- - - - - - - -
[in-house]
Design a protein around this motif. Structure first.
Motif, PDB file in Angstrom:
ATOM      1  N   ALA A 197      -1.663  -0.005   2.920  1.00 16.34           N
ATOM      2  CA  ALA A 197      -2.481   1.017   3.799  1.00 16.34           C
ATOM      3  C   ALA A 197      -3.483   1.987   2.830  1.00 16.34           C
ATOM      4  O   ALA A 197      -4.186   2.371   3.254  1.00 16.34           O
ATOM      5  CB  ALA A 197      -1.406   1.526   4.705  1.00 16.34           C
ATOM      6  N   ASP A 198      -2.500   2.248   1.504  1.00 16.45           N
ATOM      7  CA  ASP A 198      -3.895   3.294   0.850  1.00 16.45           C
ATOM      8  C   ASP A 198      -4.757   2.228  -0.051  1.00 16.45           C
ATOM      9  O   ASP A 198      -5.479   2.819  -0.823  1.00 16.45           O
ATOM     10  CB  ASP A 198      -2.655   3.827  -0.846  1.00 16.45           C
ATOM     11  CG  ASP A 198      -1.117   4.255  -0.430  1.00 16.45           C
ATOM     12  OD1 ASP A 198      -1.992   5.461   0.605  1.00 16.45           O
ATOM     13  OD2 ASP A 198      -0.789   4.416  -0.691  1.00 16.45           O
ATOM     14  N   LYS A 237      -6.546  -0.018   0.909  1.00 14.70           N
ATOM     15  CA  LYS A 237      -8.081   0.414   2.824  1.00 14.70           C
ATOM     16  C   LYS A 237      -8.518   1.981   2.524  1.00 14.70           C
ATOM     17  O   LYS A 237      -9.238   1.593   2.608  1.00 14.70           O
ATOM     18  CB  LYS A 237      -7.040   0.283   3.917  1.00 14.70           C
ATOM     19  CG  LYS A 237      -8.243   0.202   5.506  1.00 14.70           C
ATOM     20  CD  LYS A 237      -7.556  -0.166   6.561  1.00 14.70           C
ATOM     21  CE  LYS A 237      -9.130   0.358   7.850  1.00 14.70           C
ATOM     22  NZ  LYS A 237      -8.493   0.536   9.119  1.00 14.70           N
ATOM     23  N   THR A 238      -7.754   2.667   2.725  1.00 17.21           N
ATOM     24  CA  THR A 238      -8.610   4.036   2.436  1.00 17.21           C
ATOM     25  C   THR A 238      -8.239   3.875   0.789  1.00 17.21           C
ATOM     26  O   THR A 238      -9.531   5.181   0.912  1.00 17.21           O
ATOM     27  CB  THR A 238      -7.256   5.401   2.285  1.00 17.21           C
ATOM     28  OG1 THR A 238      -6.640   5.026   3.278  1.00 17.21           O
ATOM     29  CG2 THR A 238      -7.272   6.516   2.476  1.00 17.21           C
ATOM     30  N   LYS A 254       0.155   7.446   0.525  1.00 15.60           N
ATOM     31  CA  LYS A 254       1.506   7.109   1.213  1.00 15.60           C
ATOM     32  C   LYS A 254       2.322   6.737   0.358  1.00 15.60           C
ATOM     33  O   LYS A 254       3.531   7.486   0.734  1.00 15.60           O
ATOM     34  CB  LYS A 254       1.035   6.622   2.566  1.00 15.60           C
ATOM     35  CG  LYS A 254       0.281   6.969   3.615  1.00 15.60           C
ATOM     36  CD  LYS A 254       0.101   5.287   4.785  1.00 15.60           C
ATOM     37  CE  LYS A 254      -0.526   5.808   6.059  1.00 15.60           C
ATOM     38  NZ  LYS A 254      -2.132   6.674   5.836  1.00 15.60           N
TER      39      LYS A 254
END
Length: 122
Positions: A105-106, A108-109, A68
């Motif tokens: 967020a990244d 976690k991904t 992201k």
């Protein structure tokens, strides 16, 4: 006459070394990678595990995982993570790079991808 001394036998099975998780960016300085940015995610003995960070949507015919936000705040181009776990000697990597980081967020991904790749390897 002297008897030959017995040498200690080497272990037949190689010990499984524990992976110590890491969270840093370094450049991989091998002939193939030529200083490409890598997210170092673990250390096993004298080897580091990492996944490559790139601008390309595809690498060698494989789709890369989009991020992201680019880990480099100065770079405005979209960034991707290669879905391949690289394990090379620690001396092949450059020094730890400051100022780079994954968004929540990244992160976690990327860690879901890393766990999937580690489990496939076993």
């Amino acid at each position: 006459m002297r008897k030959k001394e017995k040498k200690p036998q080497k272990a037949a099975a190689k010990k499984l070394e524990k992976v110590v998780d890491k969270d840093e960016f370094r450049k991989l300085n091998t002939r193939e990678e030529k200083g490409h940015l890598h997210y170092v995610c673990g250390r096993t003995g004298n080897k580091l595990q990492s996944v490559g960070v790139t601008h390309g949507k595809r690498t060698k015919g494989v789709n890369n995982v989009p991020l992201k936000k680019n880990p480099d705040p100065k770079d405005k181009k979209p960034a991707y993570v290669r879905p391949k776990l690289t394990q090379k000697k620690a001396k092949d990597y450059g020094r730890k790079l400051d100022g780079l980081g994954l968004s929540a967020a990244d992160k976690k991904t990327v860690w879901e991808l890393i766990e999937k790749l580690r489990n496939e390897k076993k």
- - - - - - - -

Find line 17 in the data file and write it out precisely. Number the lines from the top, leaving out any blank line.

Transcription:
ATOM     14  N   LYS A 237      -6.546  -0.018   0.909  1.00 14.70           N